Are you going to see a psychologist for the first time? Congratulations on taking an important step towards improving your mental health and making it a priority!
Why Might I Choose to See a Psychologist?
You might visit a psychologist for help with concerns such as:
- Depression, anxiety or stress
- Drug and alcohol abuse
- Eating disorders
- Fears and phobias
- Low self esteem
- Post traumatic stress disorder (PTSD)
A psychologist can also help you deal with challenges you may face in life such as:
- Relationship issues and breakdowns
- Financial stress
- Grief or loss
- Domestic violence
- Situations in your social life, with family or work
Note that not all psychologists treat the same presentations or age groups. Please see our FAQ’s regarding psychologists and review individual practitioner bios for more information.
What is it Like to See a Psychologist?
You may be feeling nervous about coming to see a psychologist and the fear of being judged or not connecting with the psychologist can be daunting. The important thing to remember is that you have taken the first, and sometimes hardest step already – reaching out for help.
A psychologist is there to help and support your journey of developing a better mind space for yourself. Here’s a brief outline on what to expect in general, noting that each psychologist may take a variation of this approach, and this can be discussed in your first visit.
First and Second Appointment: Assessment
If you’ve been referred by your GP they will write on your Mental Health Care plan why they have referred you to a psychologist. You will also be asked to explain in your own words what you would like your psychologist to help you with.
The first and second session will include specific questions about your past and current difficulties and you will be given some forms to fill out to see what symptoms are present and how severe they are.
Third Appointment: Treatment Planning
You will be given information about your symptoms and possible diagnosis, as well as an understanding about what may be contributing to it. A plan is made together to move towards positive change and you will be given strategies to start to use in the following weeks. These typically include Cognitive Behaviour Therapy (CBT) and other evidence based techniques. Your psychologist will make suggestions as to what tools and resources will help you achieve your treatment goals, and guide you to seeking other services if needed.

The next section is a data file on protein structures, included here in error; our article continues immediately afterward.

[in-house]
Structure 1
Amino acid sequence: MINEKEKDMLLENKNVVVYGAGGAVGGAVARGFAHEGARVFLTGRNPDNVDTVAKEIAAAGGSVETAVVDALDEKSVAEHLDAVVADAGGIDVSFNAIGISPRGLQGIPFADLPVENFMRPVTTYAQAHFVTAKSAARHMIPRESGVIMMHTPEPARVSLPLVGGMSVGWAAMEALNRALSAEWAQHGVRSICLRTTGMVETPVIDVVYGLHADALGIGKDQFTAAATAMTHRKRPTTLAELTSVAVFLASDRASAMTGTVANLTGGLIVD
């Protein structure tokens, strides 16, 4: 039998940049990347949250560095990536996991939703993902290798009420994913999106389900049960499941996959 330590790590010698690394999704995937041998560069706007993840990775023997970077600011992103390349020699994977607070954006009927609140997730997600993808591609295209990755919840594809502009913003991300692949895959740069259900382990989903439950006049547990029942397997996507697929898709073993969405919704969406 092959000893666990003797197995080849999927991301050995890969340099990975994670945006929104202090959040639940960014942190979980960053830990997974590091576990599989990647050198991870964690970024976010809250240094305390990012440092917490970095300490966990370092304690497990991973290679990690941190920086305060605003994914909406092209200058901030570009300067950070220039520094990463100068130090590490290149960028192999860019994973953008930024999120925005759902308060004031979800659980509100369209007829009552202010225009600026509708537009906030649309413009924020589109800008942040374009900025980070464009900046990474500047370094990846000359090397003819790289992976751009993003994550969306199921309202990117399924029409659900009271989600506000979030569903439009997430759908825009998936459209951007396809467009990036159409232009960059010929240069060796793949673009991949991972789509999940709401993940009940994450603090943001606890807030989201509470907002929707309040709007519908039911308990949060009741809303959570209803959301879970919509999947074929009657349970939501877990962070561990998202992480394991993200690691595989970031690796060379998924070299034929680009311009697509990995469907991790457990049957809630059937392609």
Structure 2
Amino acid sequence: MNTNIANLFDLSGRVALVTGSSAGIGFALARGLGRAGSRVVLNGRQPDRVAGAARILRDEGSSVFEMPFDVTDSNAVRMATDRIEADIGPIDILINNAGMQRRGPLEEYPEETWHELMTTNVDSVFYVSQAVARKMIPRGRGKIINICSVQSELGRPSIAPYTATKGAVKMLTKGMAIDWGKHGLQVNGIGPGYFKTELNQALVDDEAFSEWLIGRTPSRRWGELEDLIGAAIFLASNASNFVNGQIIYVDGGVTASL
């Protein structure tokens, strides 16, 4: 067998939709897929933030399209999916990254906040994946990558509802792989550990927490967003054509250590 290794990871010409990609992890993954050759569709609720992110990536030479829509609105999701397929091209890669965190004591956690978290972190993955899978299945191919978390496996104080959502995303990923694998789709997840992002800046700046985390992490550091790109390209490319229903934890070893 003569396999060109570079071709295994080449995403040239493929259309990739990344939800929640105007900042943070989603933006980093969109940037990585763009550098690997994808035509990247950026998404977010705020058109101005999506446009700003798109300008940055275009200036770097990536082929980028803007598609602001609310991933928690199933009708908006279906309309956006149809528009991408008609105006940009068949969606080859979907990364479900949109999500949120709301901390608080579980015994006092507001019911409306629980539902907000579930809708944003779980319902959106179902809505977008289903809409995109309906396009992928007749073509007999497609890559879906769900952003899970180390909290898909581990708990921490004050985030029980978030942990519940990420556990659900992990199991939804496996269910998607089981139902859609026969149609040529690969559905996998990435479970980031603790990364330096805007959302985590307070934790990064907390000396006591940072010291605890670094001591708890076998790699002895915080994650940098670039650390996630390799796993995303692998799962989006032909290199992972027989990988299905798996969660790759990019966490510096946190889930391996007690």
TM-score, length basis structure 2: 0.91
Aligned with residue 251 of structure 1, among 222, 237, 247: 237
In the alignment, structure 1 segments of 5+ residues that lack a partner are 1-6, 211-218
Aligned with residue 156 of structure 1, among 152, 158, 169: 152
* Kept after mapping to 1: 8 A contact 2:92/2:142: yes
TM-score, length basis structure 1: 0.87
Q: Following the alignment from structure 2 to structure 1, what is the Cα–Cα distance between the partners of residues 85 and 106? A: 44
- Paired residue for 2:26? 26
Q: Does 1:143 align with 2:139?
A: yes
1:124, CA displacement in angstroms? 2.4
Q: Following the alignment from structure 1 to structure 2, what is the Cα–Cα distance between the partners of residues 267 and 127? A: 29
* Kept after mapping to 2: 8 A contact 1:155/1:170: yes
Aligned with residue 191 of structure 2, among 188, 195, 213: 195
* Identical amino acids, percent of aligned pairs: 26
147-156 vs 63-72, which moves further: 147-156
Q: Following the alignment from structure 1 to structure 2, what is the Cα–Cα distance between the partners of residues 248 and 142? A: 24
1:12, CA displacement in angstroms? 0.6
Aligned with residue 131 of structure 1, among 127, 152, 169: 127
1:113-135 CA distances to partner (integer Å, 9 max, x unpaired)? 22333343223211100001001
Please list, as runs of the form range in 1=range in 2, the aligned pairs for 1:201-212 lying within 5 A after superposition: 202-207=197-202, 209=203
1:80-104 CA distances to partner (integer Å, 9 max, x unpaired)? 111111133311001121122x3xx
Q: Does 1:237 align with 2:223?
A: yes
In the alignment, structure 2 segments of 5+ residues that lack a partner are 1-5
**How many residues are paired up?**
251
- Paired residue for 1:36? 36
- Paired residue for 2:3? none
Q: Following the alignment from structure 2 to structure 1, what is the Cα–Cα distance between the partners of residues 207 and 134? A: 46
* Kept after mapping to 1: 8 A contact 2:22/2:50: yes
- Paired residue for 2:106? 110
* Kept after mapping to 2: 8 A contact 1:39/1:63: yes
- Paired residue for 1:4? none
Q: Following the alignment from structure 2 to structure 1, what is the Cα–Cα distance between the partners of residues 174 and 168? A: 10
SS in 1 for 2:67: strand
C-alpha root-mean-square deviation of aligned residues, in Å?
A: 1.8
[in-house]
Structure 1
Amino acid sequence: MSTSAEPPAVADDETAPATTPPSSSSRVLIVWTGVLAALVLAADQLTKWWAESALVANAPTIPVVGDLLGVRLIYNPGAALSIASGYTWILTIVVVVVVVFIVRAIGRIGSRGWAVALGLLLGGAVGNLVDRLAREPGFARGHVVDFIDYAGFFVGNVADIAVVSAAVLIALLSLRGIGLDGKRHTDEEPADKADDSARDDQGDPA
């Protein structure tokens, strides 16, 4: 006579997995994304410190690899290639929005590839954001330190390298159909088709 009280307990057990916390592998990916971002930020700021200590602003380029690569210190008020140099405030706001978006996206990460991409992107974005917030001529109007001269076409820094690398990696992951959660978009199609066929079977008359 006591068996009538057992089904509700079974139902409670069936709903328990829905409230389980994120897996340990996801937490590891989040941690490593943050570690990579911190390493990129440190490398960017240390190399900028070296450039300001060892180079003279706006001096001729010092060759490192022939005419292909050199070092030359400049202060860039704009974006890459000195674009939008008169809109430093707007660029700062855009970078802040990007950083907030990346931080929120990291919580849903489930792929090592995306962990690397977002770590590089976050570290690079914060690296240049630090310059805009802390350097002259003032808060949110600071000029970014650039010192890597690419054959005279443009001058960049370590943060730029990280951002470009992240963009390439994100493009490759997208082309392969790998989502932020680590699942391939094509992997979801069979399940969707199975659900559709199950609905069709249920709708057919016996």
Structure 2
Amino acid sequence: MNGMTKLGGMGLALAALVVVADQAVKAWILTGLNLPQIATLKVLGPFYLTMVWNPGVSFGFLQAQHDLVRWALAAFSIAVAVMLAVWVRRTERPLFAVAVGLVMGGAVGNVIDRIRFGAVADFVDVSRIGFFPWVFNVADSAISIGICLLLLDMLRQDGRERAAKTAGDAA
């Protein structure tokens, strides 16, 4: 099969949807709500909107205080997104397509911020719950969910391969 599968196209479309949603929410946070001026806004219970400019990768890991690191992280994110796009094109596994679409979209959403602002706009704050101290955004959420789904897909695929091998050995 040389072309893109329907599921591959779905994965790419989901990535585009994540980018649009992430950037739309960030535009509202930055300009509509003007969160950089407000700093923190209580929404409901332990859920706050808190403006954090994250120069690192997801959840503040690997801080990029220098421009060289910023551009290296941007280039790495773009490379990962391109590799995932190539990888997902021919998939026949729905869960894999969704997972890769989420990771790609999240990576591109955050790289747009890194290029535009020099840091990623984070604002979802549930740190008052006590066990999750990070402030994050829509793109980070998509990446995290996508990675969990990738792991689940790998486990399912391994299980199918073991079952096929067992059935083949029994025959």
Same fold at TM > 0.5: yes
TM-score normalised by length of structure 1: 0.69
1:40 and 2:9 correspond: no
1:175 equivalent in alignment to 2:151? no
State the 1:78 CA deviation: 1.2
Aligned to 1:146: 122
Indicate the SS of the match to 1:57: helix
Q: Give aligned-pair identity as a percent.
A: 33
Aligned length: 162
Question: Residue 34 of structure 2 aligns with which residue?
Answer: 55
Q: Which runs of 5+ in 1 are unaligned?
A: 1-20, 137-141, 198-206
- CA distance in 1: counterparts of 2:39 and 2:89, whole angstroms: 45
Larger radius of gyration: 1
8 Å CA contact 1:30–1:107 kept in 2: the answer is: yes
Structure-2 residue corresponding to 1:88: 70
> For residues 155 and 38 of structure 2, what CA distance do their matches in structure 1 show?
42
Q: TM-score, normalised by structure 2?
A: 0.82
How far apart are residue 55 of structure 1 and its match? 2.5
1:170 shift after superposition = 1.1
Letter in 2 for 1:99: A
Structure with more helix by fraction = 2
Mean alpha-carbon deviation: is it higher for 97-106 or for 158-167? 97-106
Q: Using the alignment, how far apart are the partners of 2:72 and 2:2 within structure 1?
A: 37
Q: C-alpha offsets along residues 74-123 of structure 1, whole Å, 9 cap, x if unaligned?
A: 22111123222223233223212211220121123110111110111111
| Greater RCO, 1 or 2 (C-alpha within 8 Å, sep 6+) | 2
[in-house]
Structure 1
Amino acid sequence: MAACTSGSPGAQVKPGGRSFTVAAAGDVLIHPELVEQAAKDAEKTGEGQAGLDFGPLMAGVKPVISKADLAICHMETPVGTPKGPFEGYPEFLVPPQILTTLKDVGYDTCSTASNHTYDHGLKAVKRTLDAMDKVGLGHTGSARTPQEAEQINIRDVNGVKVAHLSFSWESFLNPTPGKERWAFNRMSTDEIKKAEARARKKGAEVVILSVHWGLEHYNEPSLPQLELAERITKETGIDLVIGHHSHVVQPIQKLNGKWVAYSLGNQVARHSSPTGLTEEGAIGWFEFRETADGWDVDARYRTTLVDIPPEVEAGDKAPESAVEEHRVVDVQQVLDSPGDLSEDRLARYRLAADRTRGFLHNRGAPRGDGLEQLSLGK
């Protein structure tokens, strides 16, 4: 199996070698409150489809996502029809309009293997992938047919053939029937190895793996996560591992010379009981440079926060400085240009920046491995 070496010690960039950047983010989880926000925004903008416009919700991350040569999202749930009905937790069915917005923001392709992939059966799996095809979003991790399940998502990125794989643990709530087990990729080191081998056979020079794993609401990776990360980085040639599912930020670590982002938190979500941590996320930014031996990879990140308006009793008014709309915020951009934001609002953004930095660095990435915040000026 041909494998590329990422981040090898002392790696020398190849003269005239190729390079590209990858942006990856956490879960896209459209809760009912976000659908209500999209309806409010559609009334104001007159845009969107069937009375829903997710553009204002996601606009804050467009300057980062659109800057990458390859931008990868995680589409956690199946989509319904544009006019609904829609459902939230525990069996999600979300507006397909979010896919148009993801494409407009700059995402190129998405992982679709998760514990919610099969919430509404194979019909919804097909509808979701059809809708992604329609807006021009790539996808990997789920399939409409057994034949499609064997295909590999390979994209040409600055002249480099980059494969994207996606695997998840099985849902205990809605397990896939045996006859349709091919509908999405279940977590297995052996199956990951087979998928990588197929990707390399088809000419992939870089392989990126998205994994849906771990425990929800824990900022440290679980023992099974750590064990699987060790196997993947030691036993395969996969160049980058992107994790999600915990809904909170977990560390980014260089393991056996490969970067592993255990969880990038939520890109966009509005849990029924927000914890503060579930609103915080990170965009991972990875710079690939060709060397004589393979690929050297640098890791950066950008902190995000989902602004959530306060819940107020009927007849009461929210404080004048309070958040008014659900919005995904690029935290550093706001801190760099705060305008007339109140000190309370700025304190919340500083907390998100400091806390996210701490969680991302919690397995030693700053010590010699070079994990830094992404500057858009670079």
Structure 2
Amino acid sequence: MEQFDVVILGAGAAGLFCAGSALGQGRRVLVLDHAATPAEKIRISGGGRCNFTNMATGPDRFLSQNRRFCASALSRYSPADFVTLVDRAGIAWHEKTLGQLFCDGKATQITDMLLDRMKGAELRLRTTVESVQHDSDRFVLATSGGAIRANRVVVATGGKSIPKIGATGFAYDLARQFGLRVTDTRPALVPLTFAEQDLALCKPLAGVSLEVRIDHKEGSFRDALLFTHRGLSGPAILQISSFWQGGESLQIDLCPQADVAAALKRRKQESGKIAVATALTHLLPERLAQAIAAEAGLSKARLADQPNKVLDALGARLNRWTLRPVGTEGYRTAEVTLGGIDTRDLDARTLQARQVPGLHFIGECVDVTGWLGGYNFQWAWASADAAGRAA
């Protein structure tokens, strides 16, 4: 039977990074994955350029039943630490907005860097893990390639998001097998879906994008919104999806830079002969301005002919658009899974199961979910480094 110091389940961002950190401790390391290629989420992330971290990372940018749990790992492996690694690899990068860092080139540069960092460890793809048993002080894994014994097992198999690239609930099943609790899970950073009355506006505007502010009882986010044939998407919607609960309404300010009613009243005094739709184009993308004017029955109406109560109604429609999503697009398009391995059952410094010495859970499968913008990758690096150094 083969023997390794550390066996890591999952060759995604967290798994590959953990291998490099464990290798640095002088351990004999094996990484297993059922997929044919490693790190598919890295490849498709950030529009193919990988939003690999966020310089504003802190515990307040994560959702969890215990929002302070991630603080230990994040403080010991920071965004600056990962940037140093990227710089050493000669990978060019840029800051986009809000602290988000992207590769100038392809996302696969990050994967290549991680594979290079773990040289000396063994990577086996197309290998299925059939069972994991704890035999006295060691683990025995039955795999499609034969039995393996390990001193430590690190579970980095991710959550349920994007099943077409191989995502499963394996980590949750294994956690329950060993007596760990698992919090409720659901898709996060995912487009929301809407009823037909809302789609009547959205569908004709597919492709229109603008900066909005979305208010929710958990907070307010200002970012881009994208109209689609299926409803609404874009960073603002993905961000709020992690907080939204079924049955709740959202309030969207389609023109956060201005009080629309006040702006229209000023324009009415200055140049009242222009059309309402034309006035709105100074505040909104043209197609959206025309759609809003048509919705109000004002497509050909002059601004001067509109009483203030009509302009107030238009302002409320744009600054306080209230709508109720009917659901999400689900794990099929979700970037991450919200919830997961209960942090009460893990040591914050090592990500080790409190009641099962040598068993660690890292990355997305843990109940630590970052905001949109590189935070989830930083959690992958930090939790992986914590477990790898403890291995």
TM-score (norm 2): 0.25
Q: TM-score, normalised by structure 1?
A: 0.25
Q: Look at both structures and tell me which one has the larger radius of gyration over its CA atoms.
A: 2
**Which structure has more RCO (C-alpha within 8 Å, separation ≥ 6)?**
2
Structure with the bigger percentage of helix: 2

Fourth Appointment Onwards:
The new practices you have been taught are monitored and sustainable changes begin to be made.
Before Coming to Your First Psychology Appointment Please Think About:
- What would you like help with from a psychologist?
- What do you want to see change?
- What is your goal of undertaking psychological treatment? (Note that this may not be the same as the doctors/referrers goal)
- How will you know if treatment is working?
This will be talked about in your first two sessions to help plan your treatment.
Keeping your GP Updated, and Requests for Letters or Reports
Your GP will be updated after the sixth session on your treatment progress. If you would like to continue seeing a psychologist they can give you a Review which allows you to access more sessions, in accordance with Medicare regulations.
Please note: Many psychologists require clients to attend at least three appointments if requiring a letter or report, and these incur extra charges.
Summary of the Benefits of Seeing a Psychologist
A wonderful benefit of seeing a psychologist is having somewhere safe to open up about your feelings, experiences, worries and concerns. Remember seeing a psychologist is a confidential environment to discuss what’s bothering you with an objective ear – someone who does not judge you, and who has a vested interest in your well being.
Seeing a psychologist shouldn’t have a stigma attached to it. It means you are taking your mental health seriously, and everyone can benefit from seeing a psychologist at different times in their lives.
To book an appointment with one of the Independent GPs who consult at HealthMint to discuss mental health, please click here.